Film Studies Co-Citation Network

I’ve created several new co-citation graphs recently. While I enjoy looking at the visualizations, I haven’t yet analyzed any of them thoroughly. The film studies network was intriguing to me for several reasons, and I’m going to explore it now in more detail.

I downloaded just over 12K articles from various film studies journals in Web of Science. The journals are Sight and Sound; Film Comment; Literature/Film Quarterly; American Film; Cinema Journal; Screen; Historical Journal of Film, Radio, and Television; Journal of Popular Film & Television; Wide Angle; Film Quarterly; Journal of Film and Video; Film Criticism; and Quarterly Review of Film & Video. Not all the journals are represented equally in the database. The following graph shows their distribution:

There are 147,800 total citations (the unique number of citations is lower) in these 12K articles. At the lowest co-citation threshold I calculated (“3” on the slider), there are 1630 citations, or 1.10% of the total. A ranked list of these citations can be found here. And here is a graph of the top twenty-five citations:

At the highest threshold (“20”), there are 126 citations. This distribution and the distribution of the number of communities identified in each citation-threshold appears to be the typical rank-order distribution often encountered in citation analysis. Here is a graph showing the distribution of communities within each threshold:

In the lowest threshold, there are 235 separate communities. The vast majority, as this graph shows, contain only two members:

The largest of these communities contains 160 nodes, and it is colored green on threshold three of the graph. It contains a wide variety of film theorists, plus a strong proportion of writers from other disciplines who have influenced film theory at various stages (Freud, Lacan, Althusser,Foucault, etc). There are no films in it that I see. The next largest community contains 128 nodes, and it comprises another theoretical cluster. The theorists here are closer to film and media studies in general (there is a high concentration of Baudrillard, for example). This cluster’s color is a “beige, buttery yellow” in Clancy’s words, though I might call it more of a soul-bleaching orange. Your perceptions may vary.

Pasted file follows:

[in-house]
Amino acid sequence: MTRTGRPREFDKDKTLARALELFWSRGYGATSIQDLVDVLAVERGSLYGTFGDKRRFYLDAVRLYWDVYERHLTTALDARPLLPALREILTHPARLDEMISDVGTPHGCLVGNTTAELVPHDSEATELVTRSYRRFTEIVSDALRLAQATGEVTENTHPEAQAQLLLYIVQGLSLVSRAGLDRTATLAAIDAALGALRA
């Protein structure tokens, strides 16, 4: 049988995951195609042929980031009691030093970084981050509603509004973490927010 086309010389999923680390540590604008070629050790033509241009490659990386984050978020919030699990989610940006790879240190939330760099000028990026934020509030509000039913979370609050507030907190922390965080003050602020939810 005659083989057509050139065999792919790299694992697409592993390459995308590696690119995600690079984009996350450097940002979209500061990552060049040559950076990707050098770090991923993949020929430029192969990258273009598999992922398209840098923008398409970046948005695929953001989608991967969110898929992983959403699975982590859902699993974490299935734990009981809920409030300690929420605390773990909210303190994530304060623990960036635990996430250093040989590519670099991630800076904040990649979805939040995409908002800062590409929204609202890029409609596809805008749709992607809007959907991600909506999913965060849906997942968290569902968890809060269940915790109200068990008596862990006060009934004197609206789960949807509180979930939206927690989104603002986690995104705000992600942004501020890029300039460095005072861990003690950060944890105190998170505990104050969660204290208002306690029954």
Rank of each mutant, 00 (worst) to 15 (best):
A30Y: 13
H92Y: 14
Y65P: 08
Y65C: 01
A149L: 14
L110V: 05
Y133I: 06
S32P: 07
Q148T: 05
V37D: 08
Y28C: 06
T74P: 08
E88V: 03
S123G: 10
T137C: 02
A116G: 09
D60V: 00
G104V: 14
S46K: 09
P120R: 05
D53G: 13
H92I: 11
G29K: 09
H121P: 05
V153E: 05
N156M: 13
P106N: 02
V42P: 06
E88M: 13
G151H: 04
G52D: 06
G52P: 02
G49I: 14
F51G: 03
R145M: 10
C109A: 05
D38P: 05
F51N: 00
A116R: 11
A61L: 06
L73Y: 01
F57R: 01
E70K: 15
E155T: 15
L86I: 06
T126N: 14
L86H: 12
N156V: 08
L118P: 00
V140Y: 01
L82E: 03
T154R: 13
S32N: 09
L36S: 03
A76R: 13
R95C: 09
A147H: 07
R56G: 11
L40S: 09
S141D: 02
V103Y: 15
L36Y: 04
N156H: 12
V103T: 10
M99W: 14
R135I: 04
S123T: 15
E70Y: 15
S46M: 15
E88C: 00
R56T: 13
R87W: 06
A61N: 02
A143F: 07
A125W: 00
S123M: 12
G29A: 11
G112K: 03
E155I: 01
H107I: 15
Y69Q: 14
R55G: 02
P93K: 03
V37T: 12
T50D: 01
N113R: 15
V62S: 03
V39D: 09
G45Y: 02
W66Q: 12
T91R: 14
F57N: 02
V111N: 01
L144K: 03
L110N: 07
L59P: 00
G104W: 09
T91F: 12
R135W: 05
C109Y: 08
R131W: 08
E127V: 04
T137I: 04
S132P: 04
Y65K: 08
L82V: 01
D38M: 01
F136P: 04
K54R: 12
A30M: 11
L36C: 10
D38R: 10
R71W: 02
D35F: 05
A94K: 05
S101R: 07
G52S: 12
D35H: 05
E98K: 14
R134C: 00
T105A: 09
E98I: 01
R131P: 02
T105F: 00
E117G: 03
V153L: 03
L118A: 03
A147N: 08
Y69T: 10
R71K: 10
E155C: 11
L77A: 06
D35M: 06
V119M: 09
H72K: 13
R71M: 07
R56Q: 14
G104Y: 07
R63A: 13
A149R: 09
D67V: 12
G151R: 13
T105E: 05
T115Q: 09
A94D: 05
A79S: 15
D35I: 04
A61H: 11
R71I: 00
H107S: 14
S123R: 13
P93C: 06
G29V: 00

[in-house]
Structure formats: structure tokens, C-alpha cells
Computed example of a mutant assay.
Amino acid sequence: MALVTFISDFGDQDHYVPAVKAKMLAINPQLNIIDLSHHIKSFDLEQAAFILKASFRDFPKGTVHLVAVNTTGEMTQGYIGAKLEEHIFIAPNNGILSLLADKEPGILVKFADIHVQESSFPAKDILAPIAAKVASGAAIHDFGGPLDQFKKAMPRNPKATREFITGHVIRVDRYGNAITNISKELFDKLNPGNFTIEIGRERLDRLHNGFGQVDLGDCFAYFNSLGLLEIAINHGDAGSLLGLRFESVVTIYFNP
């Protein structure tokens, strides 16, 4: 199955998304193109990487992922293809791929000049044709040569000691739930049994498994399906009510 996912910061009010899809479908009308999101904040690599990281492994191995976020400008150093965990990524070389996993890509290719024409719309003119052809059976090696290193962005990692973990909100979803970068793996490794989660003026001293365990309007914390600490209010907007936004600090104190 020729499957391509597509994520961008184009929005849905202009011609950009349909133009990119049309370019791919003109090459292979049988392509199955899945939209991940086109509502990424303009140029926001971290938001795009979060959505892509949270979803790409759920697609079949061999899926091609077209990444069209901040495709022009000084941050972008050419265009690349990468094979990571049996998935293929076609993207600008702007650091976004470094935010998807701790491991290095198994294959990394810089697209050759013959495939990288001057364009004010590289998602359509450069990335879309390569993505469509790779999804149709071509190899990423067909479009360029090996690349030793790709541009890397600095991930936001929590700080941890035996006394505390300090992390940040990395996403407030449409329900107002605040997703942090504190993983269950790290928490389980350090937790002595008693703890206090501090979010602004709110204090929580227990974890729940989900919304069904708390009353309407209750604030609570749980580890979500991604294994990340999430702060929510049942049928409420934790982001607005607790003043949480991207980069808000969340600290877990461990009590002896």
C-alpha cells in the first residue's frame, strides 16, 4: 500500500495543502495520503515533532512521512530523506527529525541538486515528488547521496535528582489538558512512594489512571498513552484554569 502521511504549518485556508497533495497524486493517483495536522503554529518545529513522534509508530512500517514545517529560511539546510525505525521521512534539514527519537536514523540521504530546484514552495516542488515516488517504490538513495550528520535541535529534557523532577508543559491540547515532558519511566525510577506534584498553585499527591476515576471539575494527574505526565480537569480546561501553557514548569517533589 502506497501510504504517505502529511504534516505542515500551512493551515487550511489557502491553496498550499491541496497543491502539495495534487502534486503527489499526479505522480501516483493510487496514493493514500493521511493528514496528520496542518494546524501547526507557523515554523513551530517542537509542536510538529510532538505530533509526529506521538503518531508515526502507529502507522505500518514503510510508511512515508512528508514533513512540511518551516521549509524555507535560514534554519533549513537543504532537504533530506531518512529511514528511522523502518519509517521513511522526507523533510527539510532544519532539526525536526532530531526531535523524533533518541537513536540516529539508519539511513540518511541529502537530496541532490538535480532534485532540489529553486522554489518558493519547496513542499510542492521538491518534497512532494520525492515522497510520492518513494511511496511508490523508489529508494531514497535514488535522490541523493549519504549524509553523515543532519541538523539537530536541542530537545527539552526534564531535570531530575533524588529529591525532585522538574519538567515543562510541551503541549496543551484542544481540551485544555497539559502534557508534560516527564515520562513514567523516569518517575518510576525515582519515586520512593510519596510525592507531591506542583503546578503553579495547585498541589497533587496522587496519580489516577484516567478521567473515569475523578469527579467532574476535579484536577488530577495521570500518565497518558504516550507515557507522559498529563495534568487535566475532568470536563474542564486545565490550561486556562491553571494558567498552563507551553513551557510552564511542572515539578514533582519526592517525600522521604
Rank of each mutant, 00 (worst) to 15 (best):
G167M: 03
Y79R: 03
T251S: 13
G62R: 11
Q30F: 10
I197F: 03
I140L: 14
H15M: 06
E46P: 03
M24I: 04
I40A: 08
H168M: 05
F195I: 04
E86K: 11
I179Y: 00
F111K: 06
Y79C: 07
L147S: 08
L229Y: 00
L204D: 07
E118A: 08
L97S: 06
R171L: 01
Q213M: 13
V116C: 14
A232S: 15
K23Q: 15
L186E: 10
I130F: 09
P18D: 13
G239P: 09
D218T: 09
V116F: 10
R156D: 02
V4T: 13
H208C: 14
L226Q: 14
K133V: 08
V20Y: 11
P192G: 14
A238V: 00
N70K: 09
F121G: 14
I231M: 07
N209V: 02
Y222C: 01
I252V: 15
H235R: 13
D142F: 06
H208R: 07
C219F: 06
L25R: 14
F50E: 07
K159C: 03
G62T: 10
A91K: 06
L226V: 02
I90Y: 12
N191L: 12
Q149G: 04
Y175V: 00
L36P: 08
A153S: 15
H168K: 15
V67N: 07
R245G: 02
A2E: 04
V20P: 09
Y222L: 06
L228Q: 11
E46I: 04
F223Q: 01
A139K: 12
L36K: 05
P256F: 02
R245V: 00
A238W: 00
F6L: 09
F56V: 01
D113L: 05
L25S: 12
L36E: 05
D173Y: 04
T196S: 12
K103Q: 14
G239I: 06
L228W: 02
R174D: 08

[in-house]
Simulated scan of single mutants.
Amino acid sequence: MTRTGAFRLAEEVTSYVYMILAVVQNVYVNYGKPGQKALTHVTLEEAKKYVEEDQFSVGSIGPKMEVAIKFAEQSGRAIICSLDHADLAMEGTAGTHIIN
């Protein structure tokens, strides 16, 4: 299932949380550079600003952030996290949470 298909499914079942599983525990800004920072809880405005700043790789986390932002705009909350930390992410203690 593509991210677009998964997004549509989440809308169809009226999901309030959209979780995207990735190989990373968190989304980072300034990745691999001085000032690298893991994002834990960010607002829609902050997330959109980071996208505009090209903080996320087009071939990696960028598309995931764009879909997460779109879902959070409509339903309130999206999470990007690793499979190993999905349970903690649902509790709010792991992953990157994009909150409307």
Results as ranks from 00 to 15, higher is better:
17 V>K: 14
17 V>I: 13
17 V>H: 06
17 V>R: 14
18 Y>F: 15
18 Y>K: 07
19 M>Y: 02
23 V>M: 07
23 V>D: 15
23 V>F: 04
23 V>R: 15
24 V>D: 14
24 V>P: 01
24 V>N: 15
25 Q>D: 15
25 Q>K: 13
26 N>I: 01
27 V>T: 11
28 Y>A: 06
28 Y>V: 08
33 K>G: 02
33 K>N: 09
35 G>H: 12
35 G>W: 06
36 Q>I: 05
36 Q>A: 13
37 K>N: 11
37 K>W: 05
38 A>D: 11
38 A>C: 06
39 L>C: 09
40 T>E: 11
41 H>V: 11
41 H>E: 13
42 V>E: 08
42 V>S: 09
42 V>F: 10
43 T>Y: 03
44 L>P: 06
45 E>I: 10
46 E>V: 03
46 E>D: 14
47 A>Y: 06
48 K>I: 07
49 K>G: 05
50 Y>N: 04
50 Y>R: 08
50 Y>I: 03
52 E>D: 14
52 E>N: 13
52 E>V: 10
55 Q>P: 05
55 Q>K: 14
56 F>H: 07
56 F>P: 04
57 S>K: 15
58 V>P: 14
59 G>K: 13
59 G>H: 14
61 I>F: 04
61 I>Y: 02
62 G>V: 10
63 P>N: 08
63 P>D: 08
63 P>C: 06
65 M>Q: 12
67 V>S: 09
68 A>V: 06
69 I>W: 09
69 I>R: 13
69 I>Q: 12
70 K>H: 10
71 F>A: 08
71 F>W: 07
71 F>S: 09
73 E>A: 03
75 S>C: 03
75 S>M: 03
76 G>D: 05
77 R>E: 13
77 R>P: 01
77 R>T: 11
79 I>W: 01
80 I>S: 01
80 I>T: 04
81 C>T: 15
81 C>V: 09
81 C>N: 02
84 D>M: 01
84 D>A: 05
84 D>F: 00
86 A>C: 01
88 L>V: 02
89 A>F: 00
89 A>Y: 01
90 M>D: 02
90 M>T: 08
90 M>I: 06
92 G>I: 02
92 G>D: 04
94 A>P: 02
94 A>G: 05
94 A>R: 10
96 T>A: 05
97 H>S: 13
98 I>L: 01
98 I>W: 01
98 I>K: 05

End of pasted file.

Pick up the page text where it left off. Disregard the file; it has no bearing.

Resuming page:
Next down on the list at 95 citations is a pure film theory cluster, colored brown on the graph. David Bordwell occupies a central position here. The next cluster is entirely films: Coppola, Scorsese, Kazan, Lucas, Spielberg, Malick, and several others. It is highly isolated from the center nodes of the graph, and it may not even display on your monitor (depending on your resolution). (The “force” attribute of the D3 force-layout setting controls how strongly the nodes repel each other. Set this too high, and some nodes will bounce away beyond visibility from each other on a complex graph. Too low, on the other hand, and the clusters will be so tight that they are illegible.)

The next cluster, at 81 citations, is a strongly French group of film theory: Barthes, Metz, and Bazin are all well represented. This cluster is pink on the graph, and it is also tightly centralized. Judith Butler and Eve Sedgwick are strongly represented in the next cluster (79 citations). Perhaps curiously, Romero’s Dawn of the Dead is also here. This cluster is gray. Hitchcock has his own cluster (51 citations), which is pink on the graph. As I mentioned on twitter, it is noteworthy that Hitchcock’s films connect to the large film cluster mentioned above via John Carpenter’s Halloween.

The last notable cluster I will consider at this threshold is bright blue on the graph. Its main hub is Miriam Hansen’s Babel and Babylon: Spectatorship in American Silent Film (Harvard 1991). If we move to the opposite side of the slider, at the twenty-threshold, Hansen appears in the largest remaining cluster with the other surviving film theorists. Raising the threshold results in a gradual synthesis of citational categories; Hitchcock remains–along with Welles, Antonioni, and Truffaut–and Lucas, Scott, Altman, and Scorsese are still in their own cluster. Jameson’s The Political Unconscious is in a different cluster than his work on film at the final threshold. And Deleuze is left alone at last in his own co-citational island.

My next project will involve exploring the Louvain community-detection algorithm that this script uses (I should remind readers that I am using Neal Caren’s code that is described in this post.) I also intend to load these data sets into gephi and sci^2; I was very impressed with the work that Scott Weingart describes here, for example. Evolving measures of betweeness centrality as the node-threshold is raised, for example, might be worth exploring. I could also experiment with adding or subtracting journals from this corpus and cleaning up the data that’s there.

Another serious problem is that I don’t yet know the D3.js framework well enough to do things like isolate a particular community and hide the other nodes when it is selected. I can see that this is possible, but I’m not familiar enough yet with javascript or the D3 data structures to be able to implement it. Many of the graphs that I’ve created have far more data in them than Caren’s or Healy’s, and, while I created the sliders to help with the overcrowdedness, there are still better solutions.